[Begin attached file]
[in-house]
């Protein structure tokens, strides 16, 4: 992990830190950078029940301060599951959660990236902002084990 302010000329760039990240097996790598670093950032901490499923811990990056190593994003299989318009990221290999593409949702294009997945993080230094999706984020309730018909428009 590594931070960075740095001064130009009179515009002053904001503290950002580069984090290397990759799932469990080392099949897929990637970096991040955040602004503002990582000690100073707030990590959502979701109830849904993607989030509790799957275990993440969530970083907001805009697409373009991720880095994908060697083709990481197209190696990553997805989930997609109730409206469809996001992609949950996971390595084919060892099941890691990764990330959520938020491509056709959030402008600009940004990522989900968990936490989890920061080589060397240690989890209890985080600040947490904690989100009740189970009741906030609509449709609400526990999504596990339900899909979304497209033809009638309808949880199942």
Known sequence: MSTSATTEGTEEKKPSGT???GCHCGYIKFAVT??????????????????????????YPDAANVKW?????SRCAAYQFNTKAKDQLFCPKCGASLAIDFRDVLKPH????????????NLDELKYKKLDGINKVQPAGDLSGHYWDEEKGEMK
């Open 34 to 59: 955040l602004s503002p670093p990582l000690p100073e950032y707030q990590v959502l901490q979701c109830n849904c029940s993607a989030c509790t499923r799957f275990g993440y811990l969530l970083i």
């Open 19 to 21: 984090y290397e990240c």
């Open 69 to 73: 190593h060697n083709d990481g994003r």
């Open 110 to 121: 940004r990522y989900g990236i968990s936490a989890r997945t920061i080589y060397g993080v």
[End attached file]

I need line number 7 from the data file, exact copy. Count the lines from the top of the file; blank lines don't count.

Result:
């Open 110 to 121: 940004r990522y989900g990236i968990s936490a989890r997945t920061i080589y060397g993080v």